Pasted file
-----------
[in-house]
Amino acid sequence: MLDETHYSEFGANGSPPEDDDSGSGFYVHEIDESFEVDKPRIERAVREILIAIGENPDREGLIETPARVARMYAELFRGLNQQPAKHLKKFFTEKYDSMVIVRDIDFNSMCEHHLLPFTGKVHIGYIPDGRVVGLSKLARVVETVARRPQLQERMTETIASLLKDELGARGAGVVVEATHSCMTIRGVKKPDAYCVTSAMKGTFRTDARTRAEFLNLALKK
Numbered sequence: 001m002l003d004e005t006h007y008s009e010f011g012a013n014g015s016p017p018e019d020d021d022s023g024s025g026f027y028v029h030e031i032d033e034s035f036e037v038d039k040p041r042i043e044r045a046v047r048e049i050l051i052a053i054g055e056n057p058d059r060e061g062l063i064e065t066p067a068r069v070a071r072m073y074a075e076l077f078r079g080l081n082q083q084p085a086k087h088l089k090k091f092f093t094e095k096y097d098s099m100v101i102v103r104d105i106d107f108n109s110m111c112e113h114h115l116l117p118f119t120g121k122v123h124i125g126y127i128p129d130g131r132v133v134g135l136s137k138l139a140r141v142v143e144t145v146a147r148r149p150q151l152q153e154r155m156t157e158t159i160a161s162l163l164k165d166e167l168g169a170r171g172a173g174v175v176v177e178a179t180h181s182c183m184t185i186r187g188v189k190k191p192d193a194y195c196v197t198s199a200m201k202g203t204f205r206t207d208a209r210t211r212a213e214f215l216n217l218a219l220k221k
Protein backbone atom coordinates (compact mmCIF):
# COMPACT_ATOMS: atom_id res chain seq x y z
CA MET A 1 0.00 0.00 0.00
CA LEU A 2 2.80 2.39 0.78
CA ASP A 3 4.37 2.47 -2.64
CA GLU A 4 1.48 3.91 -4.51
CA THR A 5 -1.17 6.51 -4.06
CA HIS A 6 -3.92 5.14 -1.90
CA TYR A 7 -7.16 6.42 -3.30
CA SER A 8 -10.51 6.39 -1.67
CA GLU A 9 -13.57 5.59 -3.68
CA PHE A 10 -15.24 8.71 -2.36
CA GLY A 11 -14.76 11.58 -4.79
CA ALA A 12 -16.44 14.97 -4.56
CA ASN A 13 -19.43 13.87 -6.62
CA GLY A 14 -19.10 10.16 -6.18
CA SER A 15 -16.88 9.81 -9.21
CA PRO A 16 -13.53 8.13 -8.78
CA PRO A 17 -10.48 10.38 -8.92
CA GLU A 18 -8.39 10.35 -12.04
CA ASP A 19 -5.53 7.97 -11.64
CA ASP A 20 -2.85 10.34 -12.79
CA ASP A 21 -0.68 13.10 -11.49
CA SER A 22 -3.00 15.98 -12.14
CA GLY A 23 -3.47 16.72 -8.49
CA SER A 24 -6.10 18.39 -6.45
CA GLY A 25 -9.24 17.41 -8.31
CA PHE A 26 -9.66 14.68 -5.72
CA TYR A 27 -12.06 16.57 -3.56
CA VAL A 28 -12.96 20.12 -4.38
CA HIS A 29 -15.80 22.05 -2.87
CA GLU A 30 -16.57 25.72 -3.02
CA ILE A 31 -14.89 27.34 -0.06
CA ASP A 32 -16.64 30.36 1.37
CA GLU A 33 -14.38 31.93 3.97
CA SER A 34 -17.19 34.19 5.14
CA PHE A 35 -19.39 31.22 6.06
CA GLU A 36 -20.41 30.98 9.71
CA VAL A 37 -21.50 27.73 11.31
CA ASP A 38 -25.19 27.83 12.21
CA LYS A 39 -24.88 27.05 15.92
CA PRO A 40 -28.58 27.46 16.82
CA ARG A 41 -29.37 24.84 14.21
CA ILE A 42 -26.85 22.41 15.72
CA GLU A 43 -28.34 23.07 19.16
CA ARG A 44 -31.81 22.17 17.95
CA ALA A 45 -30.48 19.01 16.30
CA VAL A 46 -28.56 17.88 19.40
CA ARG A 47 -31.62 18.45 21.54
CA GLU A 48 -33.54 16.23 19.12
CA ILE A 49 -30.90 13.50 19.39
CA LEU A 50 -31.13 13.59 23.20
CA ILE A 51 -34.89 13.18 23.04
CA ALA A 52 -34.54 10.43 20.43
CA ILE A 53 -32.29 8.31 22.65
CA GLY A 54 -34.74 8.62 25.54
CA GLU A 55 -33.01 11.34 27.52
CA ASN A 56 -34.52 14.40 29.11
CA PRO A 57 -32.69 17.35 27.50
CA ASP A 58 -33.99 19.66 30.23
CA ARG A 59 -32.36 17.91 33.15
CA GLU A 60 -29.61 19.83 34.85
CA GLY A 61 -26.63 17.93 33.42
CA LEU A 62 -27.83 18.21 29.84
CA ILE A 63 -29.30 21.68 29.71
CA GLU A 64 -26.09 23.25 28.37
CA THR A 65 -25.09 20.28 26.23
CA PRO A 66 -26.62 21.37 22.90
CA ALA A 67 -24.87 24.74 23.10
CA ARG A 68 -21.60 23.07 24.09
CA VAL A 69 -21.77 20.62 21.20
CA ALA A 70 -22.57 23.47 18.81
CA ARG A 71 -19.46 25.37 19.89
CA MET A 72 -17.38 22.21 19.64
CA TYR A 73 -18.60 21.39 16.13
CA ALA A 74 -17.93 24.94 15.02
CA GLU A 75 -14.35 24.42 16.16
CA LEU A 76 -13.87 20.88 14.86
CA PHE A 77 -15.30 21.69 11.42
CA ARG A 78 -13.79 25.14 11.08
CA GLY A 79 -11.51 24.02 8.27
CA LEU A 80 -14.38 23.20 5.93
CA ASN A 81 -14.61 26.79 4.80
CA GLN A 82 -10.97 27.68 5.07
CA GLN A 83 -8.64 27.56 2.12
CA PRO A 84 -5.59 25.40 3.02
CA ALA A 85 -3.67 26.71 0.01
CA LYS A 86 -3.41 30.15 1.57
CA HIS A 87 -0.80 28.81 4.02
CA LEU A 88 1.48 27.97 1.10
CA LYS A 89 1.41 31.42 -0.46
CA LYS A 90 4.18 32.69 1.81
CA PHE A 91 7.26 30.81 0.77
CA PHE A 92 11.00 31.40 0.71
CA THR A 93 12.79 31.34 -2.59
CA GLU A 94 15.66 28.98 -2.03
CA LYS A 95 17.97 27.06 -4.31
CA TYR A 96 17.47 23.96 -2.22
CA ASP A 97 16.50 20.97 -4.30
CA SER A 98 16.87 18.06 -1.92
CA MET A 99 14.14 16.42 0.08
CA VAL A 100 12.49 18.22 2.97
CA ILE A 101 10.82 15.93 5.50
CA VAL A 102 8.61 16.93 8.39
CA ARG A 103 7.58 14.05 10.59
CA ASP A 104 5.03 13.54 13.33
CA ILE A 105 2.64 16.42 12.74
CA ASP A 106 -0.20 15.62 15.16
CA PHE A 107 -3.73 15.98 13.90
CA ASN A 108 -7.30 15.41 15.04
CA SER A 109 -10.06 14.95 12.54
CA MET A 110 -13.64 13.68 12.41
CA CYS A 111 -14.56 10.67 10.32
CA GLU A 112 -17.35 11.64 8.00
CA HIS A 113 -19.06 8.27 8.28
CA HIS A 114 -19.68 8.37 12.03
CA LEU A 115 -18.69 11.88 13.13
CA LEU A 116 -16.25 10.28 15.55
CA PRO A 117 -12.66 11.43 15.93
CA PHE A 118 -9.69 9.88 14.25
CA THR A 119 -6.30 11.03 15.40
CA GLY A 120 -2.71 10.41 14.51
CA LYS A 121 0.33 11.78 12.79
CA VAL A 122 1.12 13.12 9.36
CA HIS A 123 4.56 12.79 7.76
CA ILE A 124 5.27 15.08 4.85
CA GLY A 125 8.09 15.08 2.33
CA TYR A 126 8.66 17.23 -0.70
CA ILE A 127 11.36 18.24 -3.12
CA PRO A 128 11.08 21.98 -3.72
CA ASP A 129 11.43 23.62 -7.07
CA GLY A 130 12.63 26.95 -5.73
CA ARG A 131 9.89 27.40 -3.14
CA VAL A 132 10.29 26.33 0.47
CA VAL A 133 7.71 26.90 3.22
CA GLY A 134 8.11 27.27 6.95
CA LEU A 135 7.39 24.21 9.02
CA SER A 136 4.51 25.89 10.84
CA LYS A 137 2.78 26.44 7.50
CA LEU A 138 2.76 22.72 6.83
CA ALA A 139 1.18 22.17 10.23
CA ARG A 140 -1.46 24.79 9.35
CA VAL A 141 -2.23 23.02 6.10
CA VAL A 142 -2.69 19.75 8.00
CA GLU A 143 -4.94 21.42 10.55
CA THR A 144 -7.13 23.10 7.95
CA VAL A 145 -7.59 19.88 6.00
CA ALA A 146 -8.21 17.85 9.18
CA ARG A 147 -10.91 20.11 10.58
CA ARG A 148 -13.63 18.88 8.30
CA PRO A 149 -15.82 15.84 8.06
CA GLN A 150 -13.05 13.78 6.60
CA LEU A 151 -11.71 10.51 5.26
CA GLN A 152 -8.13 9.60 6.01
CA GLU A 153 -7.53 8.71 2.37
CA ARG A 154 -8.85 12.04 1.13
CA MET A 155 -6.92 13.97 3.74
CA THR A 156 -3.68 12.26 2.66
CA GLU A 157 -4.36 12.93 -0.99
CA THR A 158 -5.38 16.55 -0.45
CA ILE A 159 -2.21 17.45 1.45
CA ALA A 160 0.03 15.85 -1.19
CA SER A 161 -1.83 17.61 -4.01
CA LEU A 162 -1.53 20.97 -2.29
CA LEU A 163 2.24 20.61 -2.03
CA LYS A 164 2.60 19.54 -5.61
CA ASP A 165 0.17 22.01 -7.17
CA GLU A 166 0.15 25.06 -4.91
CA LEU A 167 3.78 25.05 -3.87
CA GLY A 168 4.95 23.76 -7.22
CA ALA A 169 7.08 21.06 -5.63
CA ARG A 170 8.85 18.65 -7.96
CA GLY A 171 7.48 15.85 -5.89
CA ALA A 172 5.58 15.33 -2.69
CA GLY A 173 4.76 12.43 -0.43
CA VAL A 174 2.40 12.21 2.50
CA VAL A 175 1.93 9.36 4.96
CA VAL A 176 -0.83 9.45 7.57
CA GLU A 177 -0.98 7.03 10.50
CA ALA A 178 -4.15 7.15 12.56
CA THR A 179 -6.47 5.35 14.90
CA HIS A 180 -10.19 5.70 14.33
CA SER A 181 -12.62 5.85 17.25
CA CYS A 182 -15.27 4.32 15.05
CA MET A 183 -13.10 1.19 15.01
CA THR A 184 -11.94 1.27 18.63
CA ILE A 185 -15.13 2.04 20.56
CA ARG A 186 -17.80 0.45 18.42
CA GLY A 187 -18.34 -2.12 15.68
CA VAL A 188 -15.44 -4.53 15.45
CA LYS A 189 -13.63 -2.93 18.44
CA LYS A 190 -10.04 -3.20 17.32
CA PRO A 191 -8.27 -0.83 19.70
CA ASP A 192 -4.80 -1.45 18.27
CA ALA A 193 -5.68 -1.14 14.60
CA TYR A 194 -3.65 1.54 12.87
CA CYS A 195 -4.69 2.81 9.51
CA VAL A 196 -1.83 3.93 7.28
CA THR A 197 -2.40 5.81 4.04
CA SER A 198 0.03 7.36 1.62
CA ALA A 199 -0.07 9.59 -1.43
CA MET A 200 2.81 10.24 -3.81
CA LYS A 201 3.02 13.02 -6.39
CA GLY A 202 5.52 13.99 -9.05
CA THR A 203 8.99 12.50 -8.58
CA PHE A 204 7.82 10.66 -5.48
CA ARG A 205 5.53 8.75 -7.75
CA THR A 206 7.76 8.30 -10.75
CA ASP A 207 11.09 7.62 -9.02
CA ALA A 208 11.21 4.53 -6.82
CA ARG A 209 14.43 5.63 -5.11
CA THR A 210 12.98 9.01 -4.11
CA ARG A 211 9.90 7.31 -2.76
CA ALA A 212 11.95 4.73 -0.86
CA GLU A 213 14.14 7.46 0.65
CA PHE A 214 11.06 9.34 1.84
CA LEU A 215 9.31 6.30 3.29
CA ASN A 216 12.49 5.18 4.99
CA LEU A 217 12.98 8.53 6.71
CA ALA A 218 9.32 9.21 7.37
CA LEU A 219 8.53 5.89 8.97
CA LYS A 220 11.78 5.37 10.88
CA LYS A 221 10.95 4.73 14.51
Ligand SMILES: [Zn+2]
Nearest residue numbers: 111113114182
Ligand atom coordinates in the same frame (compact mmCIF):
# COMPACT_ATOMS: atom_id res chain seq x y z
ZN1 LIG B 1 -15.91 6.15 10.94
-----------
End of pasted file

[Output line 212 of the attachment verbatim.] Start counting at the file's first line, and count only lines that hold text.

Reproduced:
CA ASP A 207 11.09 7.62 -9.02